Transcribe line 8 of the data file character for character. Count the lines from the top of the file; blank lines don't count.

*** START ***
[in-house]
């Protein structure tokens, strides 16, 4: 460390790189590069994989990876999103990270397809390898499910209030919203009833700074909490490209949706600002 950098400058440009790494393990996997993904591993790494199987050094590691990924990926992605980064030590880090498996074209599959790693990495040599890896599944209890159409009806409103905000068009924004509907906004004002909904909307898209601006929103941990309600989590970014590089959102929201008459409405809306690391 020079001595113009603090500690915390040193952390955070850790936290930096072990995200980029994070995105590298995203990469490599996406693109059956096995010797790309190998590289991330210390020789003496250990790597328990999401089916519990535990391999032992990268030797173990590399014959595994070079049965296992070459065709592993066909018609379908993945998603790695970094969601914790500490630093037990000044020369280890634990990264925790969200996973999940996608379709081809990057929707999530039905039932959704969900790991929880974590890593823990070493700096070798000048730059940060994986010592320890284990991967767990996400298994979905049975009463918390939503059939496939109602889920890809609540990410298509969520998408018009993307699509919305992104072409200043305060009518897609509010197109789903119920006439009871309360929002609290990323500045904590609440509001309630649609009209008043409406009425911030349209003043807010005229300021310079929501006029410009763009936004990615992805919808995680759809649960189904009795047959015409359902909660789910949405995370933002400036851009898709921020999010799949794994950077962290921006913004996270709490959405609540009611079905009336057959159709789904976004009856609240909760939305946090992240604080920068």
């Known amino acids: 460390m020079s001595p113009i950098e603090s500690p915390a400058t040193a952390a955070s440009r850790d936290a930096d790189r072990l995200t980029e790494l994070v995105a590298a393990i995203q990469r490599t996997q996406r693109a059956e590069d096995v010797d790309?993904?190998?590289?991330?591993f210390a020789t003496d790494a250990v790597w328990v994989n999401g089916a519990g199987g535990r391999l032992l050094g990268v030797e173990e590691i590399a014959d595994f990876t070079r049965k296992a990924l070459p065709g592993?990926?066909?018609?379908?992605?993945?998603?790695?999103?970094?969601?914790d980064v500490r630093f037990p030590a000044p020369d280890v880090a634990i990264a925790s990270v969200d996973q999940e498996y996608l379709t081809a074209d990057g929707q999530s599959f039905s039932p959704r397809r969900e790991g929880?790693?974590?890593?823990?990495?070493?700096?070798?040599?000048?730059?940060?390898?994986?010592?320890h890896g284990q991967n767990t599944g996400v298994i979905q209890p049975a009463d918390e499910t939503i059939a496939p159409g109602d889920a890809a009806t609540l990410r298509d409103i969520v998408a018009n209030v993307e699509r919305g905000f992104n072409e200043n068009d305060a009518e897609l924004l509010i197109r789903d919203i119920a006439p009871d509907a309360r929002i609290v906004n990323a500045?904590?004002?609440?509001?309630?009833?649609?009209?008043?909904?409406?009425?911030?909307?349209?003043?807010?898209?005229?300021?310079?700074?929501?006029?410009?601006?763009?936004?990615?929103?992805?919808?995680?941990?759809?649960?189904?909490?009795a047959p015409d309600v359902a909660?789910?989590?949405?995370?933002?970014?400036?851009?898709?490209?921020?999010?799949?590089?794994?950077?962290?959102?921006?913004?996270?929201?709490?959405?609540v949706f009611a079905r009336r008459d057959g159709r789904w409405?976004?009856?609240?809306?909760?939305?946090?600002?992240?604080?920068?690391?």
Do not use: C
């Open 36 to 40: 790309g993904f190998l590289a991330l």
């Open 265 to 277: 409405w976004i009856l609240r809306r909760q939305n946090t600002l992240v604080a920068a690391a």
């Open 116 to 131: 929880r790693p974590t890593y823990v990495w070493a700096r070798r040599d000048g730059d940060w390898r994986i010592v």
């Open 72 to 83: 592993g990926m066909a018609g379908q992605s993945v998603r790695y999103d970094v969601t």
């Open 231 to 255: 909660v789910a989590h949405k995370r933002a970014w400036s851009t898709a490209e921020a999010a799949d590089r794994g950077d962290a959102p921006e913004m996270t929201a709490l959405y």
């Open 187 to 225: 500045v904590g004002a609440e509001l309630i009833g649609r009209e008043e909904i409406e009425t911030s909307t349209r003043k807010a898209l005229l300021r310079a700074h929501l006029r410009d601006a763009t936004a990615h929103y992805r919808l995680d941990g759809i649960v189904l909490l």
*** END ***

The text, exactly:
């Open 72 to 83: 592993g990926m066909a018609g379908q992605s993945v998603r790695y999103d970094v969601t």